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Fadzi Whande is a Diversity and Inclusion Strategist, currently working as the Principle Consultant Workforce Diversety at the Public Sector Commission.


In January 2018 she became an Australia Day Ambassador for Western Australia, she sits on the Board of Directors of the Museum of Freedom and Tolerance Western Australia, and is the Founding Director of the Whande Group, a diversity consultancy and program development organisation specialising in global diversity.

She holds an Executive Masters of Business Administration and a Post Graduate Certificate in Social Impact.

One thing that is universal across the places I have lived or worked is the sense of belonging that most people want.

- Fadzi Whande

Fadzi Whande
Photographer: Nathon Webber 


Fadzi was born in Zimbabwe and lives in
Perth, Western Australia.

Fadzi would like to see a world where every
person not only feels included, but is given
equal access to opportunity and where
we all work together to remove the barriers
of social disadvantage.

As Founder and Director of Whande Group,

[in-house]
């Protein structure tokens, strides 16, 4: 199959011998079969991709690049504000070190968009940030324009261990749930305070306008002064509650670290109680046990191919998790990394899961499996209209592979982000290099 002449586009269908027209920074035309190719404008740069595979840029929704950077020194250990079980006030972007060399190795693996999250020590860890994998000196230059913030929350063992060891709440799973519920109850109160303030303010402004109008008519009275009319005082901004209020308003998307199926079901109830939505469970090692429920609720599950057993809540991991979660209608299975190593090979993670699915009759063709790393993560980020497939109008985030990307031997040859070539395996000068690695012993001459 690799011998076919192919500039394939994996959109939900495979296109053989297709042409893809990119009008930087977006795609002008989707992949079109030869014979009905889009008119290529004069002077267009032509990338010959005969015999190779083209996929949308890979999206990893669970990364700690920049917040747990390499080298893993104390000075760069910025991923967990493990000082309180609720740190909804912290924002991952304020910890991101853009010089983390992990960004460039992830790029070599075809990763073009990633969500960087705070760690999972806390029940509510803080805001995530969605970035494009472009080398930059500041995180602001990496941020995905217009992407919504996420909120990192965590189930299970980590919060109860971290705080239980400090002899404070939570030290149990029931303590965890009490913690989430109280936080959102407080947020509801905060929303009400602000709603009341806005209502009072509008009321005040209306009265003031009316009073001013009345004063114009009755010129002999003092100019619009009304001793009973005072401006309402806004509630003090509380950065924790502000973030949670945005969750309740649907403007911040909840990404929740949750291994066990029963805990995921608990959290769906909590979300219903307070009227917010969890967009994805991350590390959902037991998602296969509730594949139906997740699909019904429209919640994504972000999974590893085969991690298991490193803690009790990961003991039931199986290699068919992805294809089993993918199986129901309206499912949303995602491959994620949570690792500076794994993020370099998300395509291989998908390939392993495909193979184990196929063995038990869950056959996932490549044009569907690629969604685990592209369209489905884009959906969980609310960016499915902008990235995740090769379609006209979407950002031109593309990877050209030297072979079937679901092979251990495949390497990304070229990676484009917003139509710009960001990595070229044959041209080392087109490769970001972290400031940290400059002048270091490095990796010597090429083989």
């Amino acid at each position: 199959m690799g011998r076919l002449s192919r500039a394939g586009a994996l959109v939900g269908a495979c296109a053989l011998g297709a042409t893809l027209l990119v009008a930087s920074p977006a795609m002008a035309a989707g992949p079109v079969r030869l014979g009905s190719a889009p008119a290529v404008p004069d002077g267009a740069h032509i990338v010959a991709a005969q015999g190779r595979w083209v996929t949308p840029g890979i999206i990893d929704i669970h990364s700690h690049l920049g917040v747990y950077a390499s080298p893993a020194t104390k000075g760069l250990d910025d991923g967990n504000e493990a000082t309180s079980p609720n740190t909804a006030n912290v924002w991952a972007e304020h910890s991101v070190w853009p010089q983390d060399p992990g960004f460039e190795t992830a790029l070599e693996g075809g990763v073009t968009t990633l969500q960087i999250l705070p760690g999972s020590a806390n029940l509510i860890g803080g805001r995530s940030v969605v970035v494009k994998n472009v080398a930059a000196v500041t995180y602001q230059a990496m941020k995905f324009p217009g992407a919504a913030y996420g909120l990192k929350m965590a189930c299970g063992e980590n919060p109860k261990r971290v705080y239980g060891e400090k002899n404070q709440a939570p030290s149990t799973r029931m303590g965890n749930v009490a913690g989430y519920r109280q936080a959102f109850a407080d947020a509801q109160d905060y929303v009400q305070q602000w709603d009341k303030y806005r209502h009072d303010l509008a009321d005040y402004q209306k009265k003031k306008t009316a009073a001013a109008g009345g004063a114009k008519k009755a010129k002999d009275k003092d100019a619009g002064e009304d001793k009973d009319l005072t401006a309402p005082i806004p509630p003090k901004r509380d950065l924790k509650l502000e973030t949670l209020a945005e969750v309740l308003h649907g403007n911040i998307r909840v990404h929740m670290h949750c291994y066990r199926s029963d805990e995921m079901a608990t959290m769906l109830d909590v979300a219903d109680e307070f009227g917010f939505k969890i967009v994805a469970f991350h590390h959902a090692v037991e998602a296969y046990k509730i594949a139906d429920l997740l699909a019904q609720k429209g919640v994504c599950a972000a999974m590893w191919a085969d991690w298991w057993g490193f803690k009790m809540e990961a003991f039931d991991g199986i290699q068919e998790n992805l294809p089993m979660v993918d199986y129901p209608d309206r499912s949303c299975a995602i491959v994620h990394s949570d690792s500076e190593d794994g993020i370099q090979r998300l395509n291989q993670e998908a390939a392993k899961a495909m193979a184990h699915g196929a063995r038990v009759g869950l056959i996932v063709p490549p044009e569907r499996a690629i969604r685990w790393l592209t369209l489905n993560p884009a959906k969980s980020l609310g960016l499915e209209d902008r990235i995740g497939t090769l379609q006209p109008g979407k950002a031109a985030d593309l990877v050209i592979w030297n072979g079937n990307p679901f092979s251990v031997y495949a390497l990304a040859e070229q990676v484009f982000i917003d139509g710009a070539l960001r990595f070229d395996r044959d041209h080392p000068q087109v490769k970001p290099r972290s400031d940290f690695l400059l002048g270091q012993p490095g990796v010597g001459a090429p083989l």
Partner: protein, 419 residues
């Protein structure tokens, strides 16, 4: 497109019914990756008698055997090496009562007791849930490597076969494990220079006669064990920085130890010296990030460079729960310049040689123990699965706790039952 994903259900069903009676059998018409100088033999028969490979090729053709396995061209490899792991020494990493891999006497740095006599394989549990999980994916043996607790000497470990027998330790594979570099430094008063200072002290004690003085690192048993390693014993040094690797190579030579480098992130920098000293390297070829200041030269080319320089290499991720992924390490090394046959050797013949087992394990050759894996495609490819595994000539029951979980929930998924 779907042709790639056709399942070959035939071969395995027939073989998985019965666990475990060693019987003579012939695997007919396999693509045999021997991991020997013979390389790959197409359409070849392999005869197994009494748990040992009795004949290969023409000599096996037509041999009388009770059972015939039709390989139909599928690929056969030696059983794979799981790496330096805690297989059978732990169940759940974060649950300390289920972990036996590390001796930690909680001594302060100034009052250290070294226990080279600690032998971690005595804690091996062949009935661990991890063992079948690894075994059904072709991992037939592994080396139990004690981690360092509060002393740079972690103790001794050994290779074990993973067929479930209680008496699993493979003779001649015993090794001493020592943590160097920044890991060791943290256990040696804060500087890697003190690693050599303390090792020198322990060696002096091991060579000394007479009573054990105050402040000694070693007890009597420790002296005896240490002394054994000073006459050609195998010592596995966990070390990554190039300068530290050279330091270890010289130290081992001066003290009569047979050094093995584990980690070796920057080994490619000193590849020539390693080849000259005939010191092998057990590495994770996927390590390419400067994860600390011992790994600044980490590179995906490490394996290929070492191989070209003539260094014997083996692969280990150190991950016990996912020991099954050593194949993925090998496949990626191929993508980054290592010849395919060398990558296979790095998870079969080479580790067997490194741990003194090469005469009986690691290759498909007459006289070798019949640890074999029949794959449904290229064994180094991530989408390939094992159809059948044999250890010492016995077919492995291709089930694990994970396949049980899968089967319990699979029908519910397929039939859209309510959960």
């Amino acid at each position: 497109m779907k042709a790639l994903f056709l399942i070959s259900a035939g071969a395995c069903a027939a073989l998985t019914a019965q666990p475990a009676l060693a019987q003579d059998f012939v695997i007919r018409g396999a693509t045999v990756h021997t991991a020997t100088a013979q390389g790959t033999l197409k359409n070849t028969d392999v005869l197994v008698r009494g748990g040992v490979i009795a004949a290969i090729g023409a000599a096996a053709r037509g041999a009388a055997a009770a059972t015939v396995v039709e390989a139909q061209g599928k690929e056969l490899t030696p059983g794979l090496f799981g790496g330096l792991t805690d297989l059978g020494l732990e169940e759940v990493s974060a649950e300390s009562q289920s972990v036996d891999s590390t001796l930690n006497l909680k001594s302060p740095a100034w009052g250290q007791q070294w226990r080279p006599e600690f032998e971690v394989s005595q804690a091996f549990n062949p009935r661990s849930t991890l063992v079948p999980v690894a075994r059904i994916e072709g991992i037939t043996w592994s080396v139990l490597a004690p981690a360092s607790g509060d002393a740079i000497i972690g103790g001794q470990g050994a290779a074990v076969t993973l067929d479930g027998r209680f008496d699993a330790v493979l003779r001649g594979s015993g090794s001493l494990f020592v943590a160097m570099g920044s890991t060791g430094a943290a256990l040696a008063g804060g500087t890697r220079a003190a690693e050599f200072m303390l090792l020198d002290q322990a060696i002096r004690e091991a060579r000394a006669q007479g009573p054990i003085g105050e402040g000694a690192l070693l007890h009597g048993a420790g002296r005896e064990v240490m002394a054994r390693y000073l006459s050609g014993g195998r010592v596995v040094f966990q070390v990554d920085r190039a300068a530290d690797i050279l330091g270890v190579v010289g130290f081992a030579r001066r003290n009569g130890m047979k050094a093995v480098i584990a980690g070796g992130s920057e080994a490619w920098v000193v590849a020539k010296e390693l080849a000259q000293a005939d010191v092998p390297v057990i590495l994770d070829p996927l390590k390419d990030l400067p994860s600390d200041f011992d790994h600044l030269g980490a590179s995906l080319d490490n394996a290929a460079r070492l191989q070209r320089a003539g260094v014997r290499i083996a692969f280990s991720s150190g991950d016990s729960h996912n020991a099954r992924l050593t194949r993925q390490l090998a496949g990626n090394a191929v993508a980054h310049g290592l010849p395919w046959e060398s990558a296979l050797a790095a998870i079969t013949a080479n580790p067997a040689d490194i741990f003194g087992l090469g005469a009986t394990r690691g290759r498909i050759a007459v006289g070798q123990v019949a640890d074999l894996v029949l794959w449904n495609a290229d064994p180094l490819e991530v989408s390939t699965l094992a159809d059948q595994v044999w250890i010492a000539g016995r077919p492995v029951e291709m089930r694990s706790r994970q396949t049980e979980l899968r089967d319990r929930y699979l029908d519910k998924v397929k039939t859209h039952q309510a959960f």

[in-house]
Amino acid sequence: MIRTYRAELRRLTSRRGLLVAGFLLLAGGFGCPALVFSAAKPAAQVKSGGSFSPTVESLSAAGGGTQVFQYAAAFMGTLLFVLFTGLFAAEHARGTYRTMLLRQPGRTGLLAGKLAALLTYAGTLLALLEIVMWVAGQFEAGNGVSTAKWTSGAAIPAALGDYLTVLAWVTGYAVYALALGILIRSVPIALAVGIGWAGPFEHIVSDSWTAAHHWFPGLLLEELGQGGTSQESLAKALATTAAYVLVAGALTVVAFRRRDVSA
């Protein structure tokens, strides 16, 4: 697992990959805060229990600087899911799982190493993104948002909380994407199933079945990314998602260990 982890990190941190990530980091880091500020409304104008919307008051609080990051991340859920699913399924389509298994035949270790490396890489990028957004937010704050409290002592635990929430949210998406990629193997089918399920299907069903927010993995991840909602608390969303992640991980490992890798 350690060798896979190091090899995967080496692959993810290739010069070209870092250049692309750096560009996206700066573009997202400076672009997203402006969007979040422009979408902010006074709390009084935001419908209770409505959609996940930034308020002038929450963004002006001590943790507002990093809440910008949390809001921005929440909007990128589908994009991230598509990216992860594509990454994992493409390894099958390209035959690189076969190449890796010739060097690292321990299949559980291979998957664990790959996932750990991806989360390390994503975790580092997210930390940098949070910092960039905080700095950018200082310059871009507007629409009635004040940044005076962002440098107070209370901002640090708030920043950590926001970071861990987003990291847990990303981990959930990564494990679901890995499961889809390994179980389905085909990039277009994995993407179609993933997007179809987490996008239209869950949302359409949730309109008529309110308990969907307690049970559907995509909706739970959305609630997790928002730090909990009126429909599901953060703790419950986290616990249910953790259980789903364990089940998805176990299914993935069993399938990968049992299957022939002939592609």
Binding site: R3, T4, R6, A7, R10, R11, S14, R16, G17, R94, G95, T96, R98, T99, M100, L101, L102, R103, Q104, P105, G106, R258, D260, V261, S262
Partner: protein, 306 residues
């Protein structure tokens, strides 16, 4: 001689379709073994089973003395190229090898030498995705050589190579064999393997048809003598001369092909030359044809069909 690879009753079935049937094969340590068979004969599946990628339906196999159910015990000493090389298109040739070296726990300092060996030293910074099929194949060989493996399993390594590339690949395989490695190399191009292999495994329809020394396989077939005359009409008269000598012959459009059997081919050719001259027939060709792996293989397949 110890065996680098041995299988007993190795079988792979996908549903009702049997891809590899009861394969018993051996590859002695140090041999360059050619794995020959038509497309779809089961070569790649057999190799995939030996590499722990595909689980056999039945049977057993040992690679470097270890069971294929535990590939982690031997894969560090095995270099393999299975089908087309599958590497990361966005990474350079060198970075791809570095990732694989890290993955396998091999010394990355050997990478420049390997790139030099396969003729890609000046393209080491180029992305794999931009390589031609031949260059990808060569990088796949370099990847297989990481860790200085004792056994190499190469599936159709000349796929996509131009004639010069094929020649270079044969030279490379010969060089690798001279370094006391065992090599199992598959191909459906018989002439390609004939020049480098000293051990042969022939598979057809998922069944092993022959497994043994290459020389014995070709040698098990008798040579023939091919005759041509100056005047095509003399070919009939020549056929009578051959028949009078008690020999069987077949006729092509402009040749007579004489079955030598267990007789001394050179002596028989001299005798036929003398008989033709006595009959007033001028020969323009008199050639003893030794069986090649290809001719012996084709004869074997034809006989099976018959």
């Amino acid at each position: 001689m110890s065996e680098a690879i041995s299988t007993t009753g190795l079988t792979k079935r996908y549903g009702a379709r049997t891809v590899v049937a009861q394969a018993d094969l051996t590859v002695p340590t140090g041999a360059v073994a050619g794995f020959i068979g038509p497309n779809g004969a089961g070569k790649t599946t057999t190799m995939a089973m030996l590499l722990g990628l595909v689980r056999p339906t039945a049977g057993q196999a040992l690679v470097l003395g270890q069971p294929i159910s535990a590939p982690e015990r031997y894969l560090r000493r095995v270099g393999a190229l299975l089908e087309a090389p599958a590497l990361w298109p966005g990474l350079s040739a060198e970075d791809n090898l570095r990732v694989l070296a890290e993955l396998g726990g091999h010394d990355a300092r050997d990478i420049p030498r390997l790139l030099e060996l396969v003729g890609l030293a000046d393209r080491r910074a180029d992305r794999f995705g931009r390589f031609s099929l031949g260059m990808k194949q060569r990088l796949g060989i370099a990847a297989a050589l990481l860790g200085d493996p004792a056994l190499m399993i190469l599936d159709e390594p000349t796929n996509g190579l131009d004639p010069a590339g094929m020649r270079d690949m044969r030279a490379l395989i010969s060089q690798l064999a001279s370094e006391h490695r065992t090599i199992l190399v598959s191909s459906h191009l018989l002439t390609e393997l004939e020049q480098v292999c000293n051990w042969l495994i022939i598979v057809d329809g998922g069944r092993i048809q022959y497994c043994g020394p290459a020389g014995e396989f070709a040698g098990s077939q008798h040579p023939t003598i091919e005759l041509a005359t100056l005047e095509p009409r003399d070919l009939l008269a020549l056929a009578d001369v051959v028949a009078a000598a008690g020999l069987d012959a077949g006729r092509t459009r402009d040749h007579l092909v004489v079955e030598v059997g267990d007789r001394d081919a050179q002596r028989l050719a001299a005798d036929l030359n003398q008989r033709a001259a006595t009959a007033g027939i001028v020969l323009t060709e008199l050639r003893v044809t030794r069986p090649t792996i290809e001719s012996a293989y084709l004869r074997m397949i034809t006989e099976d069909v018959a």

Fadzi’s work primarily focuses on capacity
building and leadership development that
addresses systemic and institutionalised
barriers held towards historically
under-represented groups.

In 2018, she was a finalist for Western
Australian of the Year and appointed an
Australia Day Ambassador by the National
Australia Day Committee for engaging and
inspiring social and cultural inclusion.
As someone who has been labelled
a minority all her life because of gender
and race, Fadzi has fought to have her
voice heard.

She believes no person should be made
to feel that they are less important or have
their voice silenced because of who they
are. Inclusion should not be a right afforded
to some and seen as a privilege to be given
to some.

In order to create a more accepting society
of differences, we need to change our ways
so that socially constructed words such as
‘the other’ do not exist.

“ In order to engage with each other we need
to become more socially conscious of the
lived experience of others. Allowing multiple
perspectives broadens our awareness and
the ability to create a sense of belonging
in the spaces we are operating in. This will
allow us to engage, sustain and deepen
our dialogue with each other.”

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